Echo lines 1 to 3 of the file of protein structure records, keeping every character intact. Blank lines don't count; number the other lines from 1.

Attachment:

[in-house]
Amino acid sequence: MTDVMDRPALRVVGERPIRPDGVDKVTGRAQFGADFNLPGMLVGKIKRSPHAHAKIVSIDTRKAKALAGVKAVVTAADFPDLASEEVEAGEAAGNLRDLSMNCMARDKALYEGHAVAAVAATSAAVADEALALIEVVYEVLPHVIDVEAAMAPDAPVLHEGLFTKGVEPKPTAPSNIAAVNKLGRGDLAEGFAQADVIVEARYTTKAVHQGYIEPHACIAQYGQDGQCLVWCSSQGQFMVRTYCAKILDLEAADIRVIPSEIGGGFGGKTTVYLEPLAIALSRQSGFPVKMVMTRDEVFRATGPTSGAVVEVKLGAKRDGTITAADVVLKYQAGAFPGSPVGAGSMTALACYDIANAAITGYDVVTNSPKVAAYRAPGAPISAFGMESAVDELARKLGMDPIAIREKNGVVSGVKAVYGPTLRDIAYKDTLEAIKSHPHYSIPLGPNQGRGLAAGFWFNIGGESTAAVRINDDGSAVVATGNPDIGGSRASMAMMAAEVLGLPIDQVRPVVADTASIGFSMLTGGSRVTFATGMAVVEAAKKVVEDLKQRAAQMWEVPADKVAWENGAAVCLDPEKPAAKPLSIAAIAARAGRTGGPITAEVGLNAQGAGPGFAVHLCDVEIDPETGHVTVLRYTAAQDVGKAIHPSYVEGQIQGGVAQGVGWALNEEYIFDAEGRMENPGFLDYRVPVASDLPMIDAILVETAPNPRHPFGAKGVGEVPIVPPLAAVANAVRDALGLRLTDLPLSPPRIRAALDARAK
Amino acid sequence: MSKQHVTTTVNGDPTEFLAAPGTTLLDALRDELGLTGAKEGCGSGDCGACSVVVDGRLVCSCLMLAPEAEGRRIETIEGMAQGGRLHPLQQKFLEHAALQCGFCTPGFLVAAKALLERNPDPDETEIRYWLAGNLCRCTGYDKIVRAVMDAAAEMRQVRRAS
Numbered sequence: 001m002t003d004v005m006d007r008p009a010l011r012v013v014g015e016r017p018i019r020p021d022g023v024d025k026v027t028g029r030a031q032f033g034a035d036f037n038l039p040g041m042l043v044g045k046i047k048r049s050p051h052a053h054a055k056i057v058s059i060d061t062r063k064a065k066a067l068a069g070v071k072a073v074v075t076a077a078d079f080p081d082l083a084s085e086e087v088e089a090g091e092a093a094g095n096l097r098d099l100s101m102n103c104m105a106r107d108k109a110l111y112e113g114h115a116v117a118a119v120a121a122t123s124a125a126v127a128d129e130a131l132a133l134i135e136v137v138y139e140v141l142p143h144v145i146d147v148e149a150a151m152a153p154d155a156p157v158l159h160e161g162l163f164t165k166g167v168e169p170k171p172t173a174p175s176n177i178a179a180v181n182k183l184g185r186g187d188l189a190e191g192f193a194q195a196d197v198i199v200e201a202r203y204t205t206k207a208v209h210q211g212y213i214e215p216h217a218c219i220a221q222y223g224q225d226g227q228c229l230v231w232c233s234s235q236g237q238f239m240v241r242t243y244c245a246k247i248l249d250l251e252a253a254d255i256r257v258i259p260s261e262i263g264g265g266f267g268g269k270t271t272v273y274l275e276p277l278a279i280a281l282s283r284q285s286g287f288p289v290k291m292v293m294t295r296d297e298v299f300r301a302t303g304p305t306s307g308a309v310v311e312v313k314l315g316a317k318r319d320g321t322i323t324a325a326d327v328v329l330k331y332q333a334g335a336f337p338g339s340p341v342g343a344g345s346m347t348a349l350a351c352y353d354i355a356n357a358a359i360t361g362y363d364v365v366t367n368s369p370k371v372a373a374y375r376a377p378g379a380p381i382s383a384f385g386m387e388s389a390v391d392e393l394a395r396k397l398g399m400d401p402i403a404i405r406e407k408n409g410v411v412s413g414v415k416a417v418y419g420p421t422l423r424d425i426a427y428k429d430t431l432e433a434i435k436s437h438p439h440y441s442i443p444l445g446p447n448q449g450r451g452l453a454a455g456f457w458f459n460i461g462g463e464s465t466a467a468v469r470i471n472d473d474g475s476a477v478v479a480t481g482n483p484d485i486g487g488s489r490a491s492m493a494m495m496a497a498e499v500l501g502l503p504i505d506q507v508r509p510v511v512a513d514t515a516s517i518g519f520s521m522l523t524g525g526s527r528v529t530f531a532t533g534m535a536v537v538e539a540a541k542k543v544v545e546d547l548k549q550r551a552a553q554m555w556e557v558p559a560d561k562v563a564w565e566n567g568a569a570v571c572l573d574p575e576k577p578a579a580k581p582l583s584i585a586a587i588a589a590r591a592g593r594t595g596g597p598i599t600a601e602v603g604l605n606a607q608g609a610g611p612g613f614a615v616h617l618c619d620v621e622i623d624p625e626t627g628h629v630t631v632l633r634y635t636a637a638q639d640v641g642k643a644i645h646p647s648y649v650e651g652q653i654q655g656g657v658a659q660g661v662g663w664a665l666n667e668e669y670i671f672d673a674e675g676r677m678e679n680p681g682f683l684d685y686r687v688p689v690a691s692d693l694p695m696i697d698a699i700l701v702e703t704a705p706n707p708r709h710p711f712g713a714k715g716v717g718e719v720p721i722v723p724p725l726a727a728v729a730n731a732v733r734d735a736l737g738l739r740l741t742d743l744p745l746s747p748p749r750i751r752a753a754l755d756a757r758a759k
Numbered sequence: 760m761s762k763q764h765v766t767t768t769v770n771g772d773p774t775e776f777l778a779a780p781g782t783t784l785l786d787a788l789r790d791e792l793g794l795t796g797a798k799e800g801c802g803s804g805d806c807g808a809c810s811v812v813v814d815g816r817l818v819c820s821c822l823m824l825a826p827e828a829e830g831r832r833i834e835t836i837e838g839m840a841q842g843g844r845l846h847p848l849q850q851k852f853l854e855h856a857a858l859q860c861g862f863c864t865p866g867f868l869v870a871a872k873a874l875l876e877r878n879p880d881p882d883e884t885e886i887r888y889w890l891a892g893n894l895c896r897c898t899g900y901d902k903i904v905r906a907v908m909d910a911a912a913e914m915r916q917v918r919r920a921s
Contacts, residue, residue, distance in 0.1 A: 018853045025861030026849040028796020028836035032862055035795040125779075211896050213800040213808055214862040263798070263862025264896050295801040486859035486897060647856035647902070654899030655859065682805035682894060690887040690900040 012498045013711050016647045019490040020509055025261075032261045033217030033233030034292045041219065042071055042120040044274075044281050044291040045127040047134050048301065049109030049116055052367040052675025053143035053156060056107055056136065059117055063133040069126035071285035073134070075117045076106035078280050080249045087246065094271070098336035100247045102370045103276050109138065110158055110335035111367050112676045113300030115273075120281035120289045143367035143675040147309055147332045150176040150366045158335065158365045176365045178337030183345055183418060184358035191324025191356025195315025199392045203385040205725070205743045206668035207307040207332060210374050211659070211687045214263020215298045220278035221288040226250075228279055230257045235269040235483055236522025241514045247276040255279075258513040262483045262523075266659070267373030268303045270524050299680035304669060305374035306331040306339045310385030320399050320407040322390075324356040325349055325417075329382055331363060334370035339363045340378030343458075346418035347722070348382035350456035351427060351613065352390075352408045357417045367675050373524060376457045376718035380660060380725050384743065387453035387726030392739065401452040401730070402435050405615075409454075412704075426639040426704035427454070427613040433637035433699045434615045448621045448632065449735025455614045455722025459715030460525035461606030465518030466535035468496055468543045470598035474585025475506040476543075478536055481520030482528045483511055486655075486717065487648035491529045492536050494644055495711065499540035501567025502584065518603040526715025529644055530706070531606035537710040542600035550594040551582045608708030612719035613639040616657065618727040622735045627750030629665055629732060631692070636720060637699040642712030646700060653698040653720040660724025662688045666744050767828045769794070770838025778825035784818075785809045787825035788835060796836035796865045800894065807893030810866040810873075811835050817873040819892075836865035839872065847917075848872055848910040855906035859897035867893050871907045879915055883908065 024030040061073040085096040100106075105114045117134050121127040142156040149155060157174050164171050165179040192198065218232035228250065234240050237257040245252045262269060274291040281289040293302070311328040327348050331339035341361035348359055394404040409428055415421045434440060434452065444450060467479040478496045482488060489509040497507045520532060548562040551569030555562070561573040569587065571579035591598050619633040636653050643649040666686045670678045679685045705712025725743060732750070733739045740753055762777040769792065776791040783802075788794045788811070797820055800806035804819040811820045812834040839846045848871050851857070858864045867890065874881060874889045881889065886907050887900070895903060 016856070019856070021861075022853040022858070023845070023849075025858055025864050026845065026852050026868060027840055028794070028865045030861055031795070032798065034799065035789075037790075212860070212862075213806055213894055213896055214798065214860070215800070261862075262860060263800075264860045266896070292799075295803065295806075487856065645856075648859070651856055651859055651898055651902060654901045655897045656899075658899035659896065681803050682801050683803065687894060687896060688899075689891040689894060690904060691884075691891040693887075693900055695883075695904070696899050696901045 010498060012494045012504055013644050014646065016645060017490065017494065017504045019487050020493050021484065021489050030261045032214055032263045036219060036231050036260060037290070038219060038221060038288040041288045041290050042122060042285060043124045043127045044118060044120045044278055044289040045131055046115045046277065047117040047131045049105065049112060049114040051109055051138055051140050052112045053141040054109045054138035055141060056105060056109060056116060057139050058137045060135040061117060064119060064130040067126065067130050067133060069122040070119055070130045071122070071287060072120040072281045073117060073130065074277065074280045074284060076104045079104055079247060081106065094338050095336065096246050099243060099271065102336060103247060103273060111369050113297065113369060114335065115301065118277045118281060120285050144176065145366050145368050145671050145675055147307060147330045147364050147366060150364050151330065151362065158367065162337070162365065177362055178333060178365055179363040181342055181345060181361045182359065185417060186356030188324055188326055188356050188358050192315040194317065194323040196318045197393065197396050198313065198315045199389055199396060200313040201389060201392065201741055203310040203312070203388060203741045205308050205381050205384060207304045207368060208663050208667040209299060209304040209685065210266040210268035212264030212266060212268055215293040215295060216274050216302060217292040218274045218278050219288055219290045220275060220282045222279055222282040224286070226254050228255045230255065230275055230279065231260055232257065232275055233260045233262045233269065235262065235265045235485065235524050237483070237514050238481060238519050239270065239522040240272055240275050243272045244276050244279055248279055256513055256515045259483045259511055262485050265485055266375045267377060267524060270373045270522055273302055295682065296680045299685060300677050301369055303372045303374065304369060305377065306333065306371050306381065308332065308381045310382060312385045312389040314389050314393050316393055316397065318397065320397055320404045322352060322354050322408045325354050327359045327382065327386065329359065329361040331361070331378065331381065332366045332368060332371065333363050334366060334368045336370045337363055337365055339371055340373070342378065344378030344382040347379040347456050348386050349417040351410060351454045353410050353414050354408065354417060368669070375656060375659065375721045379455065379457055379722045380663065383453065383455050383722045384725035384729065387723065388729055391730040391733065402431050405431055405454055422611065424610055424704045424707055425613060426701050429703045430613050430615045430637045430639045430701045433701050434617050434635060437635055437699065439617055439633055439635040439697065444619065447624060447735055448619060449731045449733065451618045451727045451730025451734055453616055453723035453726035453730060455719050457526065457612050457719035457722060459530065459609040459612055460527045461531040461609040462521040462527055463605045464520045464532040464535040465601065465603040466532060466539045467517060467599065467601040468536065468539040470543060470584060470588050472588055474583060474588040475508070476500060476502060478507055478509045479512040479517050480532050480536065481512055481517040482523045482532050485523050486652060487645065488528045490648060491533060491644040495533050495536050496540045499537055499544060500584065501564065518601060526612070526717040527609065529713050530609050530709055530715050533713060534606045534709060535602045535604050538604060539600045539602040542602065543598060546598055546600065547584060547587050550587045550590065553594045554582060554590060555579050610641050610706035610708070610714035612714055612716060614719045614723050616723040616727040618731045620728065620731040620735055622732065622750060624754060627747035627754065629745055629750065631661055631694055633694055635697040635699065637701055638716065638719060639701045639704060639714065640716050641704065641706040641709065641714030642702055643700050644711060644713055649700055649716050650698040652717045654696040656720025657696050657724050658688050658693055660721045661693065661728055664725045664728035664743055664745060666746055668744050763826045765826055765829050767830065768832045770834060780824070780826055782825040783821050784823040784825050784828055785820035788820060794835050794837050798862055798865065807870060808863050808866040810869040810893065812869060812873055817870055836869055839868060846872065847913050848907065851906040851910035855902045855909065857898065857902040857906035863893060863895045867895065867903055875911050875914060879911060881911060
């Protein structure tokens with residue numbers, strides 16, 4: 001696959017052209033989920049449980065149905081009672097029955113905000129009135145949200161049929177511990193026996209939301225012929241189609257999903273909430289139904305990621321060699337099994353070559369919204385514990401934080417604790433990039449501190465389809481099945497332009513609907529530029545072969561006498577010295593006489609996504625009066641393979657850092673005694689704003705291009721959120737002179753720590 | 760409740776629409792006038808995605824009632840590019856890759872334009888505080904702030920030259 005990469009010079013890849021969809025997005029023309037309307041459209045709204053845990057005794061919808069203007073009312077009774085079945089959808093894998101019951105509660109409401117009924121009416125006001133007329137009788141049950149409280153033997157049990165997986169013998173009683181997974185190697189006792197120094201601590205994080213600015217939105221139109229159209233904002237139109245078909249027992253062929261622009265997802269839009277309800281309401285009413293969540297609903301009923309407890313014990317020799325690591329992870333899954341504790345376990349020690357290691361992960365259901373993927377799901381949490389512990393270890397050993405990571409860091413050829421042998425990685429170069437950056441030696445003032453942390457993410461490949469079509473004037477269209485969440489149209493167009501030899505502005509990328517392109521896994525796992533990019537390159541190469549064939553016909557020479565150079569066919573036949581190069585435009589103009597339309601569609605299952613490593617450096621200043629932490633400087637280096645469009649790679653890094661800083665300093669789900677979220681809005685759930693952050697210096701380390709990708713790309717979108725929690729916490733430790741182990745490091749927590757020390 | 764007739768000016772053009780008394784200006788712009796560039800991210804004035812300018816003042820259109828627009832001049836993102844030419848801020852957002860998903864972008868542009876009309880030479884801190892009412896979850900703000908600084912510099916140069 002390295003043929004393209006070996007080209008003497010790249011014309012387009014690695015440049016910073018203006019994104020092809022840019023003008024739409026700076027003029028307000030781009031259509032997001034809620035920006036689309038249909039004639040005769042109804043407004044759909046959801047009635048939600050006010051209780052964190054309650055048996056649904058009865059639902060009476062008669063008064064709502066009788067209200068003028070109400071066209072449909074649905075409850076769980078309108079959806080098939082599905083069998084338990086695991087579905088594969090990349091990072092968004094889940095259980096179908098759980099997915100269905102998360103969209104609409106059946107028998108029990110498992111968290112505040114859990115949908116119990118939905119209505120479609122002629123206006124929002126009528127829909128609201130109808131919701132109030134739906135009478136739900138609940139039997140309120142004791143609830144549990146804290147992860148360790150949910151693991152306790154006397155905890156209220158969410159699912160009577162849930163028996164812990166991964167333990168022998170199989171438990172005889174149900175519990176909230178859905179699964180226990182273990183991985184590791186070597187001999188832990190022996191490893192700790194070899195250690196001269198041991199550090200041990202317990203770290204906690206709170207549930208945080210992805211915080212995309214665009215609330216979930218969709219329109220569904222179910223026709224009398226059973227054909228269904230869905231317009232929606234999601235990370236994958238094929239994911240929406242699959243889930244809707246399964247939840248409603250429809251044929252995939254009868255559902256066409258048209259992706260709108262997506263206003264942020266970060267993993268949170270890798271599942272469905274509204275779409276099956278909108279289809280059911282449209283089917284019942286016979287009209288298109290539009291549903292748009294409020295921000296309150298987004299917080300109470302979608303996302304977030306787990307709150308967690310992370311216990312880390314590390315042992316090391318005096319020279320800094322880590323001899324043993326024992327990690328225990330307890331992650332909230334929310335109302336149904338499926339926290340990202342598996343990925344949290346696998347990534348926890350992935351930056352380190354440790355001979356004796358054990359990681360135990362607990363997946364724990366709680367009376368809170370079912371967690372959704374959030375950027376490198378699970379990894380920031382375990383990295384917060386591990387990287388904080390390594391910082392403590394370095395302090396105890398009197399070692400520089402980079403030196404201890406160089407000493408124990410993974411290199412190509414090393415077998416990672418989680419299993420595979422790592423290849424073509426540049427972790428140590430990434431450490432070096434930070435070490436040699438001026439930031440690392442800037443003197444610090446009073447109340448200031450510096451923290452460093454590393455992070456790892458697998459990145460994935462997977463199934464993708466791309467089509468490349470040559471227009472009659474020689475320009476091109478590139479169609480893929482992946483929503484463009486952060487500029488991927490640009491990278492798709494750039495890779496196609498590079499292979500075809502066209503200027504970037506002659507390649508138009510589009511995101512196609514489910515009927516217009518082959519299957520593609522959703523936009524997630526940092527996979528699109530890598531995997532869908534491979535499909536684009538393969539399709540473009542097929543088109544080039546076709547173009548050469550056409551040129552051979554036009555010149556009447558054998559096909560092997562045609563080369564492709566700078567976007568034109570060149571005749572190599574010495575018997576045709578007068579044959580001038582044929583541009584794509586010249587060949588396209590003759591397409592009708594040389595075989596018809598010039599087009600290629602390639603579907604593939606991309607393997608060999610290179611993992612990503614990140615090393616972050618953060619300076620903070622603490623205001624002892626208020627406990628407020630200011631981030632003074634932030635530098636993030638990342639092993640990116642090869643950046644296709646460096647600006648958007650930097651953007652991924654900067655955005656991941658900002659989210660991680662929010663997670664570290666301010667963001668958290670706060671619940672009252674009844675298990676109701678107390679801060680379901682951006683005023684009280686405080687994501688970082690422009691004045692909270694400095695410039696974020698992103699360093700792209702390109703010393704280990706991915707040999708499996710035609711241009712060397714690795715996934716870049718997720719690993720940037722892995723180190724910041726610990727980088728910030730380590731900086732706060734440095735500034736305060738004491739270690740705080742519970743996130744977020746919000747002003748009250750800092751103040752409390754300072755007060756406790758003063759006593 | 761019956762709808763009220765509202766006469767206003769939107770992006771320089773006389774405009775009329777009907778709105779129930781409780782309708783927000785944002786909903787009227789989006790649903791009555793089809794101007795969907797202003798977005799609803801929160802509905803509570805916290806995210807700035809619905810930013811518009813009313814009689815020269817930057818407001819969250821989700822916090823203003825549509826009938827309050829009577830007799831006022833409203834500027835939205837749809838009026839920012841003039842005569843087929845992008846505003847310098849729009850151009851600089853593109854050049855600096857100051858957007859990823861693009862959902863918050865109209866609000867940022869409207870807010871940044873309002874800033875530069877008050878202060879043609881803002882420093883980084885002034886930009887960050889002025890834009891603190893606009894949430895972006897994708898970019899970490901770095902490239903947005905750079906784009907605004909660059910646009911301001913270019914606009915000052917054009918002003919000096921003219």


[in-house]
Amino acid sequence: MTDVMDRPALRVVGERPIRPDGVDKVTGRAQFGADFNLPGMLVGKIKRSPHAHAKIVSIDTRKAKALAGVKAVVTAADFPDLASEEVEAGEAAGNLRDLSMNCMARDKALYEGHAVAAVAATSAAVADEALALIEVVYEVLPHVIDVEAAMAPDAPVLHEGLFTKGVEPKPTAPSNIAAVNKLGRGDLAEGFAQADVIVEARYTTKAVHQGYIEPHACIAQYGQDGQCLVWCSSQGQFMVRTYCAKILDLEAADIRVIPSEIGGGFGGKTTVYLEPLAIALSRQSGFPVKMVMTRDEVFRATGPTSGAVVEVKLGAKRDGTITAADVVLKYQAGAFPGSPVGAGSMTALACYDIANAAITGYDVVTNSPKVAAYRAPGAPISAFGMESAVDELARKLGMDPIAIREKNGVVSGVKAVYGPTLRDIAYKDTLEAIKSHPHYSIPLGPNQGRGLAAGFWFNIGGESTAAVRINDDGSAVVATGNPDIGGSRASMAMMAAEVLGLPIDQVRPVVADTASIGFSMLTGGSRVTFATGMAVVEAAKKVVEDLKQRAAQMWEVPADKVAWENGAAVCLDPEKPAAKPLSIAAIAARAGRTGGPITAEVGLNAQGAGPGFAVHLCDVEIDPETGHVTVLRYTAAQDVGKAIHPSYVEGQIQGGVAQGVGWALNEEYIFDAEGRMENPGFLDYRVPVASDLPMIDAILVETAPNPRHPFGAKGVGEVPIVPPLAAVANAVRDALGLRLTDLPLSPPRIRAALDARAK
Amino acid sequence: MSKQHVTTTVNGDPTEFLAAPGTTLLDALRDELGLTGAKEGCGSGDCGACSVVVDGRLVCSCLMLAPEAEGRRIETIEGMAQGGRLHPLQQKFLEHAALQCGFCTPGFLVAAKALLERNPDPDETEIRYWLAGNLCRCTGYDKIVRAVMDAAAEMRQVRRAS